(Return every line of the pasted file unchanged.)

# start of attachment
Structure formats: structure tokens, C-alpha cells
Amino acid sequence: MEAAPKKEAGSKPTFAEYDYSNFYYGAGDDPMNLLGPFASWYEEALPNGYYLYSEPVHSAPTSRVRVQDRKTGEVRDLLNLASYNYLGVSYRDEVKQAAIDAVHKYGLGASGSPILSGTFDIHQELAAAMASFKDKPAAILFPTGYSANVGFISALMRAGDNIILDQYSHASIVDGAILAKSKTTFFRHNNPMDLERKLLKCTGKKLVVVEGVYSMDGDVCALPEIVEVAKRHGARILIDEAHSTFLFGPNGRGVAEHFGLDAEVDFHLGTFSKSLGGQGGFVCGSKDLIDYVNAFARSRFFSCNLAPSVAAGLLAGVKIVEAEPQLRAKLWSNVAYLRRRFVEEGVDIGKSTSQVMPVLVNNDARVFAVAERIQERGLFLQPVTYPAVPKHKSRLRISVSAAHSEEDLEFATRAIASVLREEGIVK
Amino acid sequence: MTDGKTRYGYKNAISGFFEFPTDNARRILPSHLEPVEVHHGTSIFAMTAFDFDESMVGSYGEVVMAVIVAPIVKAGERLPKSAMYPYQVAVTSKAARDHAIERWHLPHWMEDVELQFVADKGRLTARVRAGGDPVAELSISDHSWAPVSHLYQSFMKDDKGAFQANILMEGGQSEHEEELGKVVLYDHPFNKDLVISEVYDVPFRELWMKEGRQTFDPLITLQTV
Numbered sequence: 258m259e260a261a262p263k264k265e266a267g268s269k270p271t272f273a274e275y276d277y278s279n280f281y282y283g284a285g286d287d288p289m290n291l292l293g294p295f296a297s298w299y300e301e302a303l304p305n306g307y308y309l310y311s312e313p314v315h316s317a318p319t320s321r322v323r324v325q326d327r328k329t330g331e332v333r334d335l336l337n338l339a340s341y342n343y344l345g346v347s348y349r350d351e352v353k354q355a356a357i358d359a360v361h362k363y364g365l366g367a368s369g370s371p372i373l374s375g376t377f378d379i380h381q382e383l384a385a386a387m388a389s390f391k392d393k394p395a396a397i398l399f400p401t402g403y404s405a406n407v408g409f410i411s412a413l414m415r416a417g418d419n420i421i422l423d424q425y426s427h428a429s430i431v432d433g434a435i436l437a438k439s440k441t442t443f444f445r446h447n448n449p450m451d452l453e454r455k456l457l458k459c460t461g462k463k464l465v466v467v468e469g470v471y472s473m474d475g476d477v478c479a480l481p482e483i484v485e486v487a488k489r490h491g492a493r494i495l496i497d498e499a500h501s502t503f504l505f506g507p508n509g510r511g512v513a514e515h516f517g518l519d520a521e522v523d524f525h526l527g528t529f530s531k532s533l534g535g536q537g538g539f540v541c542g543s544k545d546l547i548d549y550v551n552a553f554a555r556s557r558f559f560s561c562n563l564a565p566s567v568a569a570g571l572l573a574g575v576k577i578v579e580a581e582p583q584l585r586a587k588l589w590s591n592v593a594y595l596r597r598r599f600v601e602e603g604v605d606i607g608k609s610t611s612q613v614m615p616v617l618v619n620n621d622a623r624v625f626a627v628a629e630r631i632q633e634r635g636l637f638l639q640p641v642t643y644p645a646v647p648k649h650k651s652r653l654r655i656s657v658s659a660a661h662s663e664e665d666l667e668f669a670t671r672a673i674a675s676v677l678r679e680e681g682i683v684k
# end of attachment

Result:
Structure formats: structure tokens, C-alpha cells
Amino acid sequence: MEAAPKKEAGSKPTFAEYDYSNFYYGAGDDPMNLLGPFASWYEEALPNGYYLYSEPVHSAPTSRVRVQDRKTGEVRDLLNLASYNYLGVSYRDEVKQAAIDAVHKYGLGASGSPILSGTFDIHQELAAAMASFKDKPAAILFPTGYSANVGFISALMRAGDNIILDQYSHASIVDGAILAKSKTTFFRHNNPMDLERKLLKCTGKKLVVVEGVYSMDGDVCALPEIVEVAKRHGARILIDEAHSTFLFGPNGRGVAEHFGLDAEVDFHLGTFSKSLGGQGGFVCGSKDLIDYVNAFARSRFFSCNLAPSVAAGLLAGVKIVEAEPQLRAKLWSNVAYLRRRFVEEGVDIGKSTSQVMPVLVNNDARVFAVAERIQERGLFLQPVTYPAVPKHKSRLRISVSAAHSEEDLEFATRAIASVLREEGIVK
Amino acid sequence: MTDGKTRYGYKNAISGFFEFPTDNARRILPSHLEPVEVHHGTSIFAMTAFDFDESMVGSYGEVVMAVIVAPIVKAGERLPKSAMYPYQVAVTSKAARDHAIERWHLPHWMEDVELQFVADKGRLTARVRAGGDPVAELSISDHSWAPVSHLYQSFMKDDKGAFQANILMEGGQSEHEEELGKVVLYDHPFNKDLVISEVYDVPFRELWMKEGRQTFDPLITLQTV
Numbered sequence: 258m259e260a261a262p263k264k265e266a267g268s269k270p271t272f273a274e275y276d277y278s279n280f281y282y283g284a285g286d287d288p289m290n291l292l293g294p295f296a297s298w299y300e301e302a303l304p305n306g307y308y309l310y311s312e313p314v315h316s317a318p319t320s321r322v323r324v325q326d327r328k329t330g331e332v333r334d335l336l337n338l339a340s341y342n343y344l345g346v347s348y349r350d351e352v353k354q355a356a357i358d359a360v361h362k363y364g365l366g367a368s369g370s371p372i373l374s375g376t377f378d379i380h381q382e383l384a385a386a387m388a389s390f391k392d393k394p395a396a397i398l399f400p401t402g403y404s405a406n407v408g409f410i411s412a413l414m415r416a417g418d419n420i421i422l423d424q425y426s427h428a429s430i431v432d433g434a435i436l437a438k439s440k441t442t443f444f445r446h447n448n449p450m451d452l453e454r455k456l457l458k459c460t461g462k463k464l465v466v467v468e469g470v471y472s473m474d475g476d477v478c479a480l481p482e483i484v485e486v487a488k489r490h491g492a493r494i495l496i497d498e499a500h501s502t503f504l505f506g507p508n509g510r511g512v513a514e515h516f517g518l519d520a521e522v523d524f525h526l527g528t529f530s531k532s533l534g535g536q537g538g539f540v541c542g543s544k545d546l547i548d549y550v551n552a553f554a555r556s557r558f559f560s561c562n563l564a565p566s567v568a569a570g571l572l573a574g575v576k577i578v579e580a581e582p583q584l585r586a587k588l589w590s591n592v593a594y595l596r597r598r599f600v601e602e603g604v605d606i607g608k609s610t611s612q613v614m615p616v617l618v619n620n621d622a623r624v625f626a627v628a629e630r631i632q633e634r635g636l637f638l639q640p641v642t643y644p645a646v647p648k649h650k651s652r653l654r655i656s657v658s659a660a661h662s663e664e665d666l667e668f669a670t671r672a673i674a675s676v677l678r679e680e681g682i683v684k